Traditional companies opening up departments on the Internet easily captures lots of users, but scores low on consumer-trust, finding it hard to gain confidence of their customers. This is one of the main conclusions from a new analysis I’ve just published, “Oldschool/Newschool: Top 25 Danish e-commerce sites evaluated”. The report walks through the 25 largerst Danish online stores, nine of those being “native” e-commerce sites; 16 being e-commerce departments of “traditional” physical companies. On a scale from one to ten the natives makes 7,0 in consumer-trust while the traditionals faces a 5,7 verdict from consumers.
While it’s not really surprising that native e-commerce ventures knows how to do deal with customers (if they didn’t they wouldn’t have made it to top 25), it is striking how the old warriors seems to have missed the mark. Especially as Danish consumers seems to be substantially understimulated when it comes to online shopping: they’re all there and shopping away the few places they’re really allowed to, like in telecommunications and secondhand. I’d say their money is virtually burning in their pockets.
Customer-service and logistics are key to building your online reputation
The typical sources of consumer dis-trust are the reaction time and accuracy of answers to customer inquiries. It simply takes much to long time for the merchants getting back with feedback to their customers – and when they do, the answers are sloppy. Slow and inadequate shipping is another complaint often heard, as are faulty information given on the website on prices etc.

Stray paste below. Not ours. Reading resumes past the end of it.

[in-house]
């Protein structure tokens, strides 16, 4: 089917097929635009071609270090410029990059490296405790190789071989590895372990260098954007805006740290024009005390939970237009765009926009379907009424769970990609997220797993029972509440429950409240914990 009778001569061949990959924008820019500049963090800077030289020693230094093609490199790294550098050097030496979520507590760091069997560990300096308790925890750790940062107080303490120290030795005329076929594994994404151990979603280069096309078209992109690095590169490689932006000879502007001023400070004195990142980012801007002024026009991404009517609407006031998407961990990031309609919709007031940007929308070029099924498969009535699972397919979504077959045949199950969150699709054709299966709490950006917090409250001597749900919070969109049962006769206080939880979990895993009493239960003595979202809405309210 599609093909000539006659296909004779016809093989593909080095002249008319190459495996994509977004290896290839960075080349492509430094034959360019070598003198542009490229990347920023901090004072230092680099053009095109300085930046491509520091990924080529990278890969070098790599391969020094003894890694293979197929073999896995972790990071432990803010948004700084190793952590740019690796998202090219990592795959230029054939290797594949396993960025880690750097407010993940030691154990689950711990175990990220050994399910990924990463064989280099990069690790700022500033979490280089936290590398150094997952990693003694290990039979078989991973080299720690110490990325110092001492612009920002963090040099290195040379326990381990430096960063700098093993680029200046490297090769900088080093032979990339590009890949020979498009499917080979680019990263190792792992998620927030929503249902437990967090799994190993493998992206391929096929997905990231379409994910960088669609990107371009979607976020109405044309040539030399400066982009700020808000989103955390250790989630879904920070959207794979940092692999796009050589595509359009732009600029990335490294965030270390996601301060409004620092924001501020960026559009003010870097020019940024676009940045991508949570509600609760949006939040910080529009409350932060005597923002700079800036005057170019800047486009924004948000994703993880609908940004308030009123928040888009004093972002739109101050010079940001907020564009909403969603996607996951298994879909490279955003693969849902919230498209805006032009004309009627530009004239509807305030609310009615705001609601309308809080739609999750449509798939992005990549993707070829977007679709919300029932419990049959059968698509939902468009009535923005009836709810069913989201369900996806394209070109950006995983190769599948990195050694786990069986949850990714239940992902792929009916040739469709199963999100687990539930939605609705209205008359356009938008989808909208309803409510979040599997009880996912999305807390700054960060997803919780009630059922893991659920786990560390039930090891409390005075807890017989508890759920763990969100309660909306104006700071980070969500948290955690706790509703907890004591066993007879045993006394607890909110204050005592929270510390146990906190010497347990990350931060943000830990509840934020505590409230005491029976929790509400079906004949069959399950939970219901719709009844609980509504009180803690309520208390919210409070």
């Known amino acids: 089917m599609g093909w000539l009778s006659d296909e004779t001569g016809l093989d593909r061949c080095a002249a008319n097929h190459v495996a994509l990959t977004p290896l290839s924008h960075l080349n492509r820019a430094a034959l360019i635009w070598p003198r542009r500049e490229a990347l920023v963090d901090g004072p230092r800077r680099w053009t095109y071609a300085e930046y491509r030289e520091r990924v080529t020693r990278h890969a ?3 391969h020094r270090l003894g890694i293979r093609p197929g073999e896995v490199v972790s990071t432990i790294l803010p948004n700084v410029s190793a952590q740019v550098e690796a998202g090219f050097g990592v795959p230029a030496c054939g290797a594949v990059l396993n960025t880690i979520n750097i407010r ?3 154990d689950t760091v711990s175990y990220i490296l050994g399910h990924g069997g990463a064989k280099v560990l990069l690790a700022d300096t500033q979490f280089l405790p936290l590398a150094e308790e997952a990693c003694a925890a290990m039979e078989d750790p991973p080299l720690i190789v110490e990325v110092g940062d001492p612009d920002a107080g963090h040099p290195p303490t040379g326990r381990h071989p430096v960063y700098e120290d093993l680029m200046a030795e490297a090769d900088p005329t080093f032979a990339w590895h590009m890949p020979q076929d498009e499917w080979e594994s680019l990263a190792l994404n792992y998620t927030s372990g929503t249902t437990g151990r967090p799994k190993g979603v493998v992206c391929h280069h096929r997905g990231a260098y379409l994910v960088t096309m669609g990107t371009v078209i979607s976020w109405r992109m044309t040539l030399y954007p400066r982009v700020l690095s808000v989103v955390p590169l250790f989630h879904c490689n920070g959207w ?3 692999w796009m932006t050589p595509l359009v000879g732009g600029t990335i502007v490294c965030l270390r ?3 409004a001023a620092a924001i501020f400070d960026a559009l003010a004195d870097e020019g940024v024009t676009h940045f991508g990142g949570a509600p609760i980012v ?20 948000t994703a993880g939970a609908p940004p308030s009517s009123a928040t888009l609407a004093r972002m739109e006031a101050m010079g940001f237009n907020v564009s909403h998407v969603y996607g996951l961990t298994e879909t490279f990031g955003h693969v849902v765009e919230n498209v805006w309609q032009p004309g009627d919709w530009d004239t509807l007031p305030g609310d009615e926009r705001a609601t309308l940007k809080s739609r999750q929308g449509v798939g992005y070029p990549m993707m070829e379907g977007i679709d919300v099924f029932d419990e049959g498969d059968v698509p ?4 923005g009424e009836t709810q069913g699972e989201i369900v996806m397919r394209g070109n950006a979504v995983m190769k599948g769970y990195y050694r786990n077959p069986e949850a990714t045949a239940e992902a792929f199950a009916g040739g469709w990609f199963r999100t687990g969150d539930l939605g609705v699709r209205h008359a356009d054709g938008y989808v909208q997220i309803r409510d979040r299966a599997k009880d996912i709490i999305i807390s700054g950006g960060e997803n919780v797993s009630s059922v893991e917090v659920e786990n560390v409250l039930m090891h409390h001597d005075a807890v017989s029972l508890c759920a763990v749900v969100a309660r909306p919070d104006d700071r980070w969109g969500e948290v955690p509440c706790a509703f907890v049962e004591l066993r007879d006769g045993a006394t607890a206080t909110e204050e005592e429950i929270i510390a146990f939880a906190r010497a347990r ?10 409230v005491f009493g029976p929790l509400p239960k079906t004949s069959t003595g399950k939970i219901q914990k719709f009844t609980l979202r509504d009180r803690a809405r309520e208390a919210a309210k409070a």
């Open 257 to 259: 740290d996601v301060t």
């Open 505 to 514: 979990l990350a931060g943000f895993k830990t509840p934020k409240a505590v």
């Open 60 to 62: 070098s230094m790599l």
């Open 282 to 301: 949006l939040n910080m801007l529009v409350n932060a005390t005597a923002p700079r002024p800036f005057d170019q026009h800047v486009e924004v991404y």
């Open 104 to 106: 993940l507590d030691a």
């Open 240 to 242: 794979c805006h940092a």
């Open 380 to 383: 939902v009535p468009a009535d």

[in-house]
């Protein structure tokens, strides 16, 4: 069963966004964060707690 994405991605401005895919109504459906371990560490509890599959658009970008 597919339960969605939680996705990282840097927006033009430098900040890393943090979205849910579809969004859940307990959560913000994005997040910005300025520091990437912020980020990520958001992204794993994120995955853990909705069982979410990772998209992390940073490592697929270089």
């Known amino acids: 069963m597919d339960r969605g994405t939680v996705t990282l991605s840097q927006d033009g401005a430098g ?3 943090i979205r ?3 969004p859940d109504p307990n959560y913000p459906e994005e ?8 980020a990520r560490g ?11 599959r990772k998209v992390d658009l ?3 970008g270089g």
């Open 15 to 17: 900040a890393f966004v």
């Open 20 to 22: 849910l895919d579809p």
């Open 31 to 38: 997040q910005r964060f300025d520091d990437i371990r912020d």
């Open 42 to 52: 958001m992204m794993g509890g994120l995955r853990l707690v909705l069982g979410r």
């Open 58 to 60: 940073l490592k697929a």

Good news are that customer-service and logistics aren’t rocket science. On the other hand: if left broken, not only will customers be frustrated, also all the promises of rationalization entailed by e-commerce threatens to evaporate in the clear sky.
Tap into strategic advantages of the internet
Customer service and logistics, unfortunately, wasn’t the only shortcomming of the traditionals. Comparing their ability to tap into the strategic advantages offered by the Internet I found their product range to be limited (although shelf space is free on the internet), their prices to be high (although this sets them back in searches and price-comparisons), and I found their social tools for online dialogue with customer to be less elaborated (although dialogue creates trust and loyalty). Finally I found all of the investigated “native” online stores to have benefitted from disrupting one or more established business processes. The same can be said about only 64 percent of the traditionals.
This finding points to a problem somewhat more complex than just delivering the goods and getting back on customer inquiries. It points to a lack of engagement in the online presence on part of the tradtionals. Being vested in a physical world seems to tie your focus and limits your abilities to address the potentials of the digital age.
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“Oldschool/Newschool: Top 25 Danish e-commerce sites evaluated” is in 15 pages and includes 6 illustrations.
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